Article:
Newbigin offers a third way. He challenges the post-Enlightenment separation between so-called objective facts in the public realm (taught at school and presented without the need for the preface “I believe”) and the subjective values of the private world of religion and ethics. He argues that the church needs to humbly yet boldly enter the public sphere with a persuasive retelling of the Christian story—not as personal spirituality, but as public truth. He takes the logic for this public dialogue from the scientific community. A scientist does not present research findings as a personal preference, but with hope for universal agreement if the findings stand up to investigation. In the marketplace of ideas, we should likewise present the gospel not as personal preference but as truth that should gain universal acceptance. This allows us to commend the faith with the humble admission that we might not have exhaustively grasped the truth, but that we have truth that needs to be investigated and seriously engaged.

The gospel in community

I remember being in a crowded living room in Birmingham as a group of university evangelists and apologists sat at the feet of a very old man who needed a magnifying glass to read his tightly typed notes. He explained that the bottom line of his whole theological project was “the doctrine of election.” That was my first encounter with Newbigin, and after immersing myself in his writings for five years, I discovered that his entire missiology revolved around that idea. God’s people are elected to join in God’s mission to call others to God in keeping with the Abrahamic calling, “blessed to be a blessing.” There is therefore a dual purpose: God wants to reconcile people to himself, but also to reconcile people to each other. The election of individuals cannot be separated from God’s election of the church: we are elected to be God’s missionary people.The church is, by its very nature, missional.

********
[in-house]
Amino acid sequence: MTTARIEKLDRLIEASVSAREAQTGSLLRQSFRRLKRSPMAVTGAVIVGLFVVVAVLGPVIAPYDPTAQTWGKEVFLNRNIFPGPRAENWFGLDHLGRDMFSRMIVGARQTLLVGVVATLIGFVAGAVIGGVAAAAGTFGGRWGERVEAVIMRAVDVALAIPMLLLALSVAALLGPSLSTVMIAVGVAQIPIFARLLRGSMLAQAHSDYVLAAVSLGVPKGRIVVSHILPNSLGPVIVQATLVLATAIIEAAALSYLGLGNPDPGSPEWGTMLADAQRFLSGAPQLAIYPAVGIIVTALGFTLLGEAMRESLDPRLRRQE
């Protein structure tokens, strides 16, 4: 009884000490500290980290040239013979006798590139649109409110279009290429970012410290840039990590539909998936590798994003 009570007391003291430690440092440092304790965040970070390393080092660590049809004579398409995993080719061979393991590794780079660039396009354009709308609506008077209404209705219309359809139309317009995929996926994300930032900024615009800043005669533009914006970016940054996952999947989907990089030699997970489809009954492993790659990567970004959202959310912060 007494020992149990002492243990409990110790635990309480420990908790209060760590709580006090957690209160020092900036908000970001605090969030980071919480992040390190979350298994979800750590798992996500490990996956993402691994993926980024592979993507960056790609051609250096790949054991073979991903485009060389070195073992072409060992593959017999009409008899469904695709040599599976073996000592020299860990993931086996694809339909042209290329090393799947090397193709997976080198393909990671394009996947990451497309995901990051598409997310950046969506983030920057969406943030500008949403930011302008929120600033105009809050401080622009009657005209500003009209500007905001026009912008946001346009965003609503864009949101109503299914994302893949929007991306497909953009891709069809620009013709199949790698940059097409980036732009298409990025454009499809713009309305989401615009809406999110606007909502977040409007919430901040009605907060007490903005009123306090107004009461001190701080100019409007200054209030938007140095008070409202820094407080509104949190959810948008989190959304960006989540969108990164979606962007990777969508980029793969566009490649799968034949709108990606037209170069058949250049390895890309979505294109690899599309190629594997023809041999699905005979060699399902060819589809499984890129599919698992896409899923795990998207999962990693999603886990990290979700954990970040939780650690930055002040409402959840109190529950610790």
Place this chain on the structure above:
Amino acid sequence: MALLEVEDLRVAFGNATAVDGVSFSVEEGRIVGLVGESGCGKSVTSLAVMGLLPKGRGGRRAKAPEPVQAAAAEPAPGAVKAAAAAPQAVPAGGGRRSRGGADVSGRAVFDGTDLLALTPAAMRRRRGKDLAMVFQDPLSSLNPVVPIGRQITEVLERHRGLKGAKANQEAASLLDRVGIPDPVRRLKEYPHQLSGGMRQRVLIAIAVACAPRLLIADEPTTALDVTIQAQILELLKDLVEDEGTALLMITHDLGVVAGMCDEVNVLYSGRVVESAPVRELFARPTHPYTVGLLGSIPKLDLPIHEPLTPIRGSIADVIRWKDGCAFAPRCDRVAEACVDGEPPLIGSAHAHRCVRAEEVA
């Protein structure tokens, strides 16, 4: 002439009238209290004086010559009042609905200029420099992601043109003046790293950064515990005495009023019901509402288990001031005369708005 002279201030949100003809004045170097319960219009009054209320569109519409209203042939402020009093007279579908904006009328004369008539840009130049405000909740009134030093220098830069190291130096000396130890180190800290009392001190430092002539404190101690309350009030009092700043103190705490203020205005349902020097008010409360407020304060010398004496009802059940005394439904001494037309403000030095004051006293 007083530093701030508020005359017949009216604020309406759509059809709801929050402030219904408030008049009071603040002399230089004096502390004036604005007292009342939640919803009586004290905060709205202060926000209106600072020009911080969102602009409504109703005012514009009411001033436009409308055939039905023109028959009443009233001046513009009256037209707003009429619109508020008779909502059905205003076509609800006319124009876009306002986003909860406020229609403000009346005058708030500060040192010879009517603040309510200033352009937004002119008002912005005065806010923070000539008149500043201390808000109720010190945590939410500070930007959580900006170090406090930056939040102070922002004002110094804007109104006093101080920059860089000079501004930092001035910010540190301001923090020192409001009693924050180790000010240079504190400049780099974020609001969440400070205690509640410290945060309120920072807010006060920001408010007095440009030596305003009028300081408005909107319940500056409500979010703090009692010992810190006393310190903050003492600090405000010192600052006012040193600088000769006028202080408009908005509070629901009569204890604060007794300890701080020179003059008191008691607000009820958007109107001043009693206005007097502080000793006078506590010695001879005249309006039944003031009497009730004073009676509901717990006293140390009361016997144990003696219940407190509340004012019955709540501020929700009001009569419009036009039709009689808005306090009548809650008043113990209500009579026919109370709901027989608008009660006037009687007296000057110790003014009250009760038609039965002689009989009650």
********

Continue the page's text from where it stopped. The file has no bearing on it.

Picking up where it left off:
This has two major implications. First, the church, not the individual, is the basic unit of evangelism. A community that lives out the truth of the gospel is the best context in which to understand its proclamation. This insight is at the heart of courses like Alpha and of the best examples of church planting and church growth.

Second, the unity of the church matters to the mission of the church. Disunity undercuts the gospel of reconciliation that we claim to bring to the world. Newbigin the evangelist’s own lifelong commitment to church unity throws down the gauntlet. Whatever we need to do to help this generation to hear the gospel, we need to do together.

As Newbigin wrote, “I have been called and commissioned, through no merit of mine, to carry this message, to tell this story, to give this invitation. It is not my story or my invitation. It has no coercive intent. It is an invitation from the one who loved you and gave himself up for you. That invitation will come with winsomeness if it comes from a community in which the grace of the Redeemer is at work.”

Over the past 100 years, the church has made a global impact, and God has proved faithful through every cultural shift. He can certainly be trusted for every new challenge the church faces today. Hearing Newbigin’s call to present Christ publicly with courage and humility, in all his glory and with the integrity of a united church that lives his message before a watching world, should fill us with eagerness to prove God faithful in our day and over the next hundred years.